Thursday Trivia

Thirsday Trivia

Welcome to Thursday Trivia where we offer up a historical automotive trivia question and you try and solve it before seeing the answer after the jump. It’s like a history test, with cars! 

This week’s question: What important automotive milestone occurred on September 3rd, 1967?

If you think you know the answer,  make the jump and see if you’re correct.

They say that America and Great Britain are two nations separated by a common language. That’s partially true – as John Hodgman proves in his 2012 TV special by asking a British boy to pronounce “Fast Taco,” – but what really defines the differences between Jolly Old and the Colonies is the fact that we drive on opposite sides of the road.

320px-Kungsgatan_1967There’s much lore as to why the Brits drive on the left, one stemming from when roads were horse paths rife with bandits and seeing as most people were right-handed, passing on that side afforded wary travelers easier access to a weapon should someone passing the other way attempt any shenanigans. I don’t know how much veracity there is in that, but it’s as good as any an explanation.

Of course, that wasn’t good enough for the Swedes, and in fact while they did originally share the Brit’s thoughts on road protocol, Sweden being bordered by other nations rather than an island kingdom meant that keeping to the left proved problematic when all of their neighbors were driving on the right and the country was seeing accidents rise as drivers made the switch at the border.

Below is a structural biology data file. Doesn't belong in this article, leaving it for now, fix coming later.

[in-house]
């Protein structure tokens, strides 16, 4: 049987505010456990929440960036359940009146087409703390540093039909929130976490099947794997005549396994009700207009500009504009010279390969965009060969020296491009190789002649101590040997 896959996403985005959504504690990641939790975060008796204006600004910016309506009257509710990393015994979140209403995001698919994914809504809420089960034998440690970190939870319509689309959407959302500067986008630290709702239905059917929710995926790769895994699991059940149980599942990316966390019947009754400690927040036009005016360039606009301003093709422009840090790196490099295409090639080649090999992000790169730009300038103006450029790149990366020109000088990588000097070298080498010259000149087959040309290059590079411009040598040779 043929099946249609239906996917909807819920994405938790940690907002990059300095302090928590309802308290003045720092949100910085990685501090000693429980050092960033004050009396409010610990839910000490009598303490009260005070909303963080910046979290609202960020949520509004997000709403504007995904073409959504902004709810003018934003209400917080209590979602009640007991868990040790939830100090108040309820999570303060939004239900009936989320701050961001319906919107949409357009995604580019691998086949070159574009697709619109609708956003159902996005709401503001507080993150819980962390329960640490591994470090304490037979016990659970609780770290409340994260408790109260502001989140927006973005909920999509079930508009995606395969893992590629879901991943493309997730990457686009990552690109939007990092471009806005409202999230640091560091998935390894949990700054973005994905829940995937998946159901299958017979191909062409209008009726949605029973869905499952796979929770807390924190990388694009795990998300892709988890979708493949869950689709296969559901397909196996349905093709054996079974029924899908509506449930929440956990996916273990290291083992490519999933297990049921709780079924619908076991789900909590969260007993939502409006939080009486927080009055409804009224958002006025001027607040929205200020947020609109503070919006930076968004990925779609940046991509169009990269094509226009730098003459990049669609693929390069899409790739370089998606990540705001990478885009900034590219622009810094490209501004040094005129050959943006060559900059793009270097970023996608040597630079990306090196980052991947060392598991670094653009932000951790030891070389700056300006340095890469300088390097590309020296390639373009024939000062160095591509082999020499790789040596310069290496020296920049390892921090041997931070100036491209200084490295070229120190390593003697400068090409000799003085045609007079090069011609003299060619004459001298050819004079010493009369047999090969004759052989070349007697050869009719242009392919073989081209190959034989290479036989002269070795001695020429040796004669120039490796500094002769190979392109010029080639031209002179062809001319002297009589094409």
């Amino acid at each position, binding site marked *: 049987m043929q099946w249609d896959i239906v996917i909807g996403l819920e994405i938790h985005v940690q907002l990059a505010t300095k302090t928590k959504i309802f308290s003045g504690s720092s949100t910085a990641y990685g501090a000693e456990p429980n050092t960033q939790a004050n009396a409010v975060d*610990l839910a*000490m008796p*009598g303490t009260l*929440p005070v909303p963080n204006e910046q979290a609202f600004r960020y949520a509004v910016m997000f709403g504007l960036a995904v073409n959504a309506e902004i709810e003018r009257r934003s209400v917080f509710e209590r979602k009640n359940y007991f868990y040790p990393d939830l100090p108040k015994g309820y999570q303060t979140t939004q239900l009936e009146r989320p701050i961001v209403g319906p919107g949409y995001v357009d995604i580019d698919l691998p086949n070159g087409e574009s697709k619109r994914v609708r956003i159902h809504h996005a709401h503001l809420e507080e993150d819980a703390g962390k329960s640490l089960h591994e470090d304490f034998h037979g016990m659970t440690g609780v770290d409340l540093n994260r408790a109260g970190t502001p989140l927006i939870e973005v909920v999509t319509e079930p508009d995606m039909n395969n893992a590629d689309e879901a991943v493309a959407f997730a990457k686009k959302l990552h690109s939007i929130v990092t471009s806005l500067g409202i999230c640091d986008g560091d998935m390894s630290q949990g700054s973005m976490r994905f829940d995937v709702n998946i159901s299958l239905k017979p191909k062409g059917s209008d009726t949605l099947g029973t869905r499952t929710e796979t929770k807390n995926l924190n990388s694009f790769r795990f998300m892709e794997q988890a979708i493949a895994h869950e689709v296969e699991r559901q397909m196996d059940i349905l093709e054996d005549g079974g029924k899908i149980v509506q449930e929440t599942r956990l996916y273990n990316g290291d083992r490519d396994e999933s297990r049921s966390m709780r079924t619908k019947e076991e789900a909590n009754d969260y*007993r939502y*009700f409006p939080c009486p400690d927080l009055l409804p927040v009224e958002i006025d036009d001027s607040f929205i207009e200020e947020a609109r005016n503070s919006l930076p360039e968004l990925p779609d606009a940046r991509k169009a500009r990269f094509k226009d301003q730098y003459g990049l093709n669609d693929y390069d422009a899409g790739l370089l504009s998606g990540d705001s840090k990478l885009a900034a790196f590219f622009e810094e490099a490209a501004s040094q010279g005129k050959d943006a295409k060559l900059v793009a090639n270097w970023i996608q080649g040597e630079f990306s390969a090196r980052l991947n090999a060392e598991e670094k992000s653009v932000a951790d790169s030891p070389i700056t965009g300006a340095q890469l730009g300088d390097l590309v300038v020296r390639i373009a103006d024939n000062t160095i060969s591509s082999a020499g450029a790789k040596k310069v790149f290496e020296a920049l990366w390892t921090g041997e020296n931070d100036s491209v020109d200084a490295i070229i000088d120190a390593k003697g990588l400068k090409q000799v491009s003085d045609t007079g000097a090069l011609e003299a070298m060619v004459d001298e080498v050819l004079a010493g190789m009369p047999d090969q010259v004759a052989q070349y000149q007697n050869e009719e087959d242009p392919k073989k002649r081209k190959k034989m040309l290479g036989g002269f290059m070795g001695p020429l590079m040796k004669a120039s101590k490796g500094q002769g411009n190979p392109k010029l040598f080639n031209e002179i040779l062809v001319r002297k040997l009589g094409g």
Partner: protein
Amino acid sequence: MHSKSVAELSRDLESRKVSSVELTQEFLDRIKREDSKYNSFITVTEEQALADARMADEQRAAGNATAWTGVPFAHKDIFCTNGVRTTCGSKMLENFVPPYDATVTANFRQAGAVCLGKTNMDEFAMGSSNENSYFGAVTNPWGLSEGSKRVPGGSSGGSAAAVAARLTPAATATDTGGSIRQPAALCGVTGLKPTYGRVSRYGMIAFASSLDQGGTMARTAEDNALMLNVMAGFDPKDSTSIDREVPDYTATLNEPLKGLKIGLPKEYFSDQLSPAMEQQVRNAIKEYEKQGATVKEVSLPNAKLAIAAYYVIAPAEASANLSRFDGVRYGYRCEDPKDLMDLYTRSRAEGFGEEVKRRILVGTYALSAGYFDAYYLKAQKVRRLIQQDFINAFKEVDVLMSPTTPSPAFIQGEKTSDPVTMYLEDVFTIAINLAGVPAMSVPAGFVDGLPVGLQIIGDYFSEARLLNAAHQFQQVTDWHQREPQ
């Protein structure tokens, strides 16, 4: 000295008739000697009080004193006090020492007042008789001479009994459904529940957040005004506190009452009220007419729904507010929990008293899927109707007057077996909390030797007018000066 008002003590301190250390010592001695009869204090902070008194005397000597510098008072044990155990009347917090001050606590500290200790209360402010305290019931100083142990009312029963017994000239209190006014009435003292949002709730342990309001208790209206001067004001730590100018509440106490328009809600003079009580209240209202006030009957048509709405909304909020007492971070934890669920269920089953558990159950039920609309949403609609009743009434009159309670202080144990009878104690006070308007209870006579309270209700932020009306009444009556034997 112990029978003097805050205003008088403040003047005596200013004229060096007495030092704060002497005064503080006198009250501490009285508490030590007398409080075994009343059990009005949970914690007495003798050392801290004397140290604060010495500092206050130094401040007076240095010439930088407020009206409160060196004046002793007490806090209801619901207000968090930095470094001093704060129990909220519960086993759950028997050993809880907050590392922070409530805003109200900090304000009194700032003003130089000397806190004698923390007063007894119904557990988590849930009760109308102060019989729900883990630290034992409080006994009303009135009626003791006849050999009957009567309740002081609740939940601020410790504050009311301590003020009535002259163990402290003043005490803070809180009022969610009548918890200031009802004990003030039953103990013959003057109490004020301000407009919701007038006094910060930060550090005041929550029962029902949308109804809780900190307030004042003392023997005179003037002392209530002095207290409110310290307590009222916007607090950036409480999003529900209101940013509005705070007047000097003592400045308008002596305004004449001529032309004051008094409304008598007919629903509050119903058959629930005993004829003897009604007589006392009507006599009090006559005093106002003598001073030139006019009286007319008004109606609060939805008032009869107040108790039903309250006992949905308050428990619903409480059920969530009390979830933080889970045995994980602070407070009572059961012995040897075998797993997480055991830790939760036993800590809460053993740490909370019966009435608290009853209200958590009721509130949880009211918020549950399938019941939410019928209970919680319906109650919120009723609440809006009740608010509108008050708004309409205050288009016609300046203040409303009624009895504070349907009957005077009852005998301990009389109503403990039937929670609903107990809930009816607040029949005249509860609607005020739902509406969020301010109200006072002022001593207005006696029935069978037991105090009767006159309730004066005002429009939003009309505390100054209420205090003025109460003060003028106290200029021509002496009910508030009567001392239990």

That’s why, on September 3rd, 1967, in one of history’s most amazing single day nation-wide events, Sweden switched sides.

From Wikipedia:

Dagen H (H day), today mostly called “Högertrafikomläggningen” (“The right-hand traffic diversion”), was the day, 3 September 1967, on which traffic inSwedenswitched from driving on the left-hand side of the road to the right. The “H” stands for “Högertrafik”, the Swedish word for “right-hand traffic.”

Of course, this didn’t occur without years of planing and public awareness campaigns, and efforts were taken to ensure traffic at the time of the switch – 1:00 to 6:00 pm on a Sunday afternoon – was minimal by barring all non-essential cars and trucks from the roads. Despite that, as you could imagine there were plenty who wanted to be part of the switch. Those who did were instructed to stop at 4:50 pm wherever they were and carefully move to the other side of the roadway where they then had to stop and wait until 5:00 pm before moving into Sweden’s future. With such attention being paid to both the effort and the drivers, the accident rate on that date was significantly lower than average.

Image source: Wikipedia

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